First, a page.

Tough Turf: The Five Most Common Injuries Suffered by Soccer Players
Posted by Jenn F. on Monday, August 19th, 2013
The US Consumer Product Safety Commission reports that nearly 570,000 athletes were injured playing soccer in 2009, the last year for which data is available. Lately, head injuries have captured the spotlight. One study found that 60% of college soccer players had suffered a concussion at some point during their careers. More commonly, though, we see the following soccer injuries at our NYC Center for Podiatric Care and Sports Medicine.
The pivoting and lateral movements of soccer open up players to sprain injuries, which include the ankle and knee. Often, direct hits, uneven field surfaces, or improper footwear can cause a sprain as well. A “sprain” refers to a ligament that has been overstretched or actually torn. Sprain symptoms include: stiffness, decreased range of motion, pain, swelling, and a painful pop. Torn ligaments do not always bruise, but they can take up to 12 weeks to heal. The best you can do is follow the R.I.C.E. method with rest, ice, compression and elevation.
Muscle strains occur when you’ve pulled a muscle too far in one direction, the muscle has been contracted hard against resistance, or the muscle has contracted hard when the body was not prepared to absorb the shock. The groin, hamstrings and quadriceps are most likely to become strained during a soccer game. The pain is sudden and severe. You won’t need to go to the emergency room, but a strain could keep you sidelined for two to three weeks on a grade 1 strain (less than 5% fibers affected), three to six weeks for a grade 2 strain (torn fibers just short of rupture), or three months for a grade 3 strain when the muscle has completely ruptured. Recovery involves the R.I.C.E. method, but also improving flexibility and one’s stretching regimen.
Most fractures occur in the lower limbs — the tibula, the fibula, the femur, or the metatarsal foot bones. Fractures may occur as the result of the direct physical contact that inevitably happens during game play. For this reason, proper protective gear is essential. Yet, other times, fractures may result from overuse or repetitive motions. Symptoms include: swelling, bruising, deformity, pain that worsens when weight is applied or location is moved, and loss of function. On average, it takes players 15 to 26 weeks to get back to full playing ability following a fracture, but the good news is that they almost always return.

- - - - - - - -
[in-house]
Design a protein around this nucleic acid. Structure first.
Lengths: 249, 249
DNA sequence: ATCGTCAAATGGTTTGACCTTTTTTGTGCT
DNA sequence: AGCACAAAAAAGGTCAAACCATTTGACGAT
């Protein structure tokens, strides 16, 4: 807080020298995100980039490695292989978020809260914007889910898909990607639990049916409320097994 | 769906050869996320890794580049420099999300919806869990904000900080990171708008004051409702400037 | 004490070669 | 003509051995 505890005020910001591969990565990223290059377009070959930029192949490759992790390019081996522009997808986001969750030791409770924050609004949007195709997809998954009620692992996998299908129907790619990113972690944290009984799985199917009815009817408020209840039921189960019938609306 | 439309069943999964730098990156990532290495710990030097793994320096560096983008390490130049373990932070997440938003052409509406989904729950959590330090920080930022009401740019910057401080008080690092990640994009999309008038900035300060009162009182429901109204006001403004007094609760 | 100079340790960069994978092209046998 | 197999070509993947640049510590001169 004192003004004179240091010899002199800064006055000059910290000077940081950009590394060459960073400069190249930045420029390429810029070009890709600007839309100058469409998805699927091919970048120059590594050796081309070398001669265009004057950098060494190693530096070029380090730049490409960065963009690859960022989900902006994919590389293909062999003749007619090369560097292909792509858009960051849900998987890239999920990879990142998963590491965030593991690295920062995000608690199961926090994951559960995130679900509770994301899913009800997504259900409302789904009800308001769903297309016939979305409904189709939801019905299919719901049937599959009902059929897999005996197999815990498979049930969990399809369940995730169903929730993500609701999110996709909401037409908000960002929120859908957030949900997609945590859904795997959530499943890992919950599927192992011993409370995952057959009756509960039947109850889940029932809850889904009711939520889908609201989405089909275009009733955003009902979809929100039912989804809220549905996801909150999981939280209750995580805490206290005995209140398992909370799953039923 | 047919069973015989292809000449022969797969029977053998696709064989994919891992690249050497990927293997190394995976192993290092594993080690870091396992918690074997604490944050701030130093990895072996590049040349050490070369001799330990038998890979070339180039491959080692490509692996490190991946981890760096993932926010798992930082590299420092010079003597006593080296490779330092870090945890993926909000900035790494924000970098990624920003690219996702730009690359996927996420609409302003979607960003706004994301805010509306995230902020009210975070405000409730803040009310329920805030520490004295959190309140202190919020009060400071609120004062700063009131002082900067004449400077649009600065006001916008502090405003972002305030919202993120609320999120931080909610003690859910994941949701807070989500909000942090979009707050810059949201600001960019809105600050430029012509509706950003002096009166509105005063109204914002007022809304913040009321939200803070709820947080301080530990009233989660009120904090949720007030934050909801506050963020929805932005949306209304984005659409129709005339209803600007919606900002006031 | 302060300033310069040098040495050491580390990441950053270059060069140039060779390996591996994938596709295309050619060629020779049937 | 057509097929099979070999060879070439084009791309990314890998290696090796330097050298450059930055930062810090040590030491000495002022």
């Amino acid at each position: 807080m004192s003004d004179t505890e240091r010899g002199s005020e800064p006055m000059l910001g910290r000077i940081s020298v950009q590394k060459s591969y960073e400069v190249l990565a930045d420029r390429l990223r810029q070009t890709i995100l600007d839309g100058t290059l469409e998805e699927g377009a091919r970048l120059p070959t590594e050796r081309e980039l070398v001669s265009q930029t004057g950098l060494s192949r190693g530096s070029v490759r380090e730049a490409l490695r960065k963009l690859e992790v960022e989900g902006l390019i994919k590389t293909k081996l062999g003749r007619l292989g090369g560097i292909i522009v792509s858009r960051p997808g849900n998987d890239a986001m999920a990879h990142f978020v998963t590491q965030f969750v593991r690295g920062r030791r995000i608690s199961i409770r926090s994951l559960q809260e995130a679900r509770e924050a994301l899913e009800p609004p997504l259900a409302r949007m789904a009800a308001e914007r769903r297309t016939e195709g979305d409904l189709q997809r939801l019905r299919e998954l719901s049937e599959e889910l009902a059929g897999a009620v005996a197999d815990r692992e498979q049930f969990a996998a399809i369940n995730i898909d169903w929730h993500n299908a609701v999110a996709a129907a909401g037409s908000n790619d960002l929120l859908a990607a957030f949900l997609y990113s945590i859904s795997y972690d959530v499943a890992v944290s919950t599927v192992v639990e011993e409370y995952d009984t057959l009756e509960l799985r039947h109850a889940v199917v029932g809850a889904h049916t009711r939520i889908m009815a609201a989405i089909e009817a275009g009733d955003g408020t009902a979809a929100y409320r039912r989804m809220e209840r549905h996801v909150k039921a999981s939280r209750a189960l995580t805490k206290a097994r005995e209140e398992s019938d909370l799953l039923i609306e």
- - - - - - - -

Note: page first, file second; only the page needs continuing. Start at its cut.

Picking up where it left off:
Injury to the Anterior Cruciate Ligament (a.k.a. an ACL injury) is one of the most common tears we see at our NYC sports medicine center. It’s also common to tear the meniscus in the knee or ligaments in the ankle. Tears often occur when athletes land flat-footed or awkwardly. Symptoms include inflammation (but rarely bruising), as well as pain, tenderness, and difficulty walking. Recovery can take four to eight weeks for ankle ligaments or minor tears. However, many tears can be quite serious and require surgery.
Shin splints (calf pain), patellar tendinitis (knee pain), and Achilles tendinitis (back of the ankle pain) are several of the most common soccer overuse injuries. Overuse injuries account for about 30% of all injuries in soccer. Inflammation and aching are the most common symptoms, with pain worsening during intense game play. Early treatment with rest, ice, compression and elevation is important in preventing a worsening of your condition. Overuse injury recovery time can last several weeks to several months. We recommend getting a scan to rule out fractures and other types of injury.
If you live in the NYC area, please contact our Center for Podiatric Care and Sports Medicine to help you get back into the game as quickly as possible. Soccer injuries happen to be one of our specialties!
If you have any foot problems or pain, contact The Center for Podiatric Care and Sports Medicine. Dr. Josef J. Geldwert, Dr. Katherine Lai, Dr. Ryan Minara and Dr. Mariola Rivera have helped thousands of people get back on their feet. Unfortunately, we cannot give diagnoses or treatment advice online. Please make an appointment to see us if you live in the NY metropolitan area or seek out a podiatrist in your area.